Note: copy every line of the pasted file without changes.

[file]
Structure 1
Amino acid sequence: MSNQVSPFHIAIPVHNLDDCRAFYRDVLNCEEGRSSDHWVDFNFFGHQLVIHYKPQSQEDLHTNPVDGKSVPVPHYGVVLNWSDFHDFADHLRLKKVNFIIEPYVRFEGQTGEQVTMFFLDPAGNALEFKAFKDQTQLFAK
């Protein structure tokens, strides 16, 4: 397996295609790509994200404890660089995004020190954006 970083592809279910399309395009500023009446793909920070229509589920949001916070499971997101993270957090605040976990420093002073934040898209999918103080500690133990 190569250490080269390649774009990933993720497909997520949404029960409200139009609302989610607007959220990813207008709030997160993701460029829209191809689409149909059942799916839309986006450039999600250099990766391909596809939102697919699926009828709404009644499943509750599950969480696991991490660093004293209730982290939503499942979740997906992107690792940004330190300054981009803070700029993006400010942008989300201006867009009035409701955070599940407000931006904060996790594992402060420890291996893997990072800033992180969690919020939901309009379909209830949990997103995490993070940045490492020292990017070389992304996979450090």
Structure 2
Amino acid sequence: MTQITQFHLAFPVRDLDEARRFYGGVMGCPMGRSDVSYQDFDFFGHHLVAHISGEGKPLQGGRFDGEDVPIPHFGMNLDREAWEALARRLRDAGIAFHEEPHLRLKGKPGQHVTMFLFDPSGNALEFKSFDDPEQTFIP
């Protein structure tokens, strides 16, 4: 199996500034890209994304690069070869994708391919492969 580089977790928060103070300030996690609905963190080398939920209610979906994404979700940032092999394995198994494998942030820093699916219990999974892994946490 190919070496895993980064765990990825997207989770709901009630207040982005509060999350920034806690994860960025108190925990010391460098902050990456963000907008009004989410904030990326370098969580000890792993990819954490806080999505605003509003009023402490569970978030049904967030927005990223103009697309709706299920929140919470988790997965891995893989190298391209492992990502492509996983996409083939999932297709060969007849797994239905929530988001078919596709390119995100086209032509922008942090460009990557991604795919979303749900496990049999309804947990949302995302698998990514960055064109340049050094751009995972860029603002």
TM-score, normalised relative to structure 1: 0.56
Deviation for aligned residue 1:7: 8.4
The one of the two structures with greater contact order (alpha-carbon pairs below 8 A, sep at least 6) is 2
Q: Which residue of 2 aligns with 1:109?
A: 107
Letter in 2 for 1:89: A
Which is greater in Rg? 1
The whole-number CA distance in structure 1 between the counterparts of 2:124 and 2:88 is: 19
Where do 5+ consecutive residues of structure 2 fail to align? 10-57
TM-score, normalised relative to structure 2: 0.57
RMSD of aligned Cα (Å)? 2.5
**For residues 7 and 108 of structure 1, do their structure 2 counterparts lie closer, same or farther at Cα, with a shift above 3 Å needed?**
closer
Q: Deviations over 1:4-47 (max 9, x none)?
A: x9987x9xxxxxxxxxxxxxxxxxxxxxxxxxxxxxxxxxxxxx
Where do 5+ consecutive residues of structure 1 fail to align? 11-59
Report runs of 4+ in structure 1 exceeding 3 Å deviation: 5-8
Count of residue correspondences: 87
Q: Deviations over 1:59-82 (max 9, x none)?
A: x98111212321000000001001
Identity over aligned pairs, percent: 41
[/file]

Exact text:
Structure 1
Amino acid sequence: MSNQVSPFHIAIPVHNLDDCRAFYRDVLNCEEGRSSDHWVDFNFFGHQLVIHYKPQSQEDLHTNPVDGKSVPVPHYGVVLNWSDFHDFADHLRLKKVNFIIEPYVRFEGQTGEQVTMFFLDPAGNALEFKAFKDQTQLFAK
């Protein structure tokens, strides 16, 4: 397996295609790509994200404890660089995004020190954006 970083592809279910399309395009500023009446793909920070229509589920949001916070499971997101993270957090605040976990420093002073934040898209999918103080500690133990 190569250490080269390649774009990933993720497909997520949404029960409200139009609302989610607007959220990813207008709030997160993701460029829209191809689409149909059942799916839309986006450039999600250099990766391909596809939102697919699926009828709404009644499943509750599950969480696991991490660093004293209730982290939503499942979740997906992107690792940004330190300054981009803070700029993006400010942008989300201006867009009035409701955070599940407000931006904060996790594992402060420890291996893997990072800033992180969690919020939901309009379909209830949990997103995490993070940045490492020292990017070389992304996979450090």
Structure 2
Amino acid sequence: MTQITQFHLAFPVRDLDEARRFYGGVMGCPMGRSDVSYQDFDFFGHHLVAHISGEGKPLQGGRFDGEDVPIPHFGMNLDREAWEALARRLRDAGIAFHEEPHLRLKGKPGQHVTMFLFDPSGNALEFKSFDDPEQTFIP
């Protein structure tokens, strides 16, 4: 199996500034890209994304690069070869994708391919492969 580089977790928060103070300030996690609905963190080398939920209610979906994404979700940032092999394995198994494998942030820093699916219990999974892994946490 190919070496895993980064765990990825997207989770709901009630207040982005509060999350920034806690994860960025108190925990010391460098902050990456963000907008009004989410904030990326370098969580000890792993990819954490806080999505605003509003009023402490569970978030049904967030927005990223103009697309709706299920929140919470988790997965891995893989190298391209492992990502492509996983996409083939999932297709060969007849797994239905929530988001078919596709390119995100086209032509922008942090460009990557991604795919979303749900496990049999309804947990949302995302698998990514960055064109340049050094751009995972860029603002």
TM-score, normalised relative to structure 1: 0.56
Deviation for aligned residue 1:7: 8.4
The one of the two structures with greater contact order (alpha-carbon pairs below 8 A, sep at least 6) is 2
Q: Which residue of 2 aligns with 1:109?
A: 107
Letter in 2 for 1:89: A
Which is greater in Rg? 1
The whole-number CA distance in structure 1 between the counterparts of 2:124 and 2:88 is: 19
Where do 5+ consecutive residues of structure 2 fail to align? 10-57
TM-score, normalised relative to structure 2: 0.57
RMSD of aligned Cα (Å)? 2.5
**For residues 7 and 108 of structure 1, do their structure 2 counterparts lie closer, same or farther at Cα, with a shift above 3 Å needed?**
closer
Q: Deviations over 1:4-47 (max 9, x none)?
A: x9987x9xxxxxxxxxxxxxxxxxxxxxxxxxxxxxxxxxxxxx
Where do 5+ consecutive residues of structure 1 fail to align? 11-59
Report runs of 4+ in structure 1 exceeding 3 Å deviation: 5-8
Count of residue correspondences: 87
Q: Deviations over 1:59-82 (max 9, x none)?
A: x98111212321000000001001
Identity over aligned pairs, percent: 41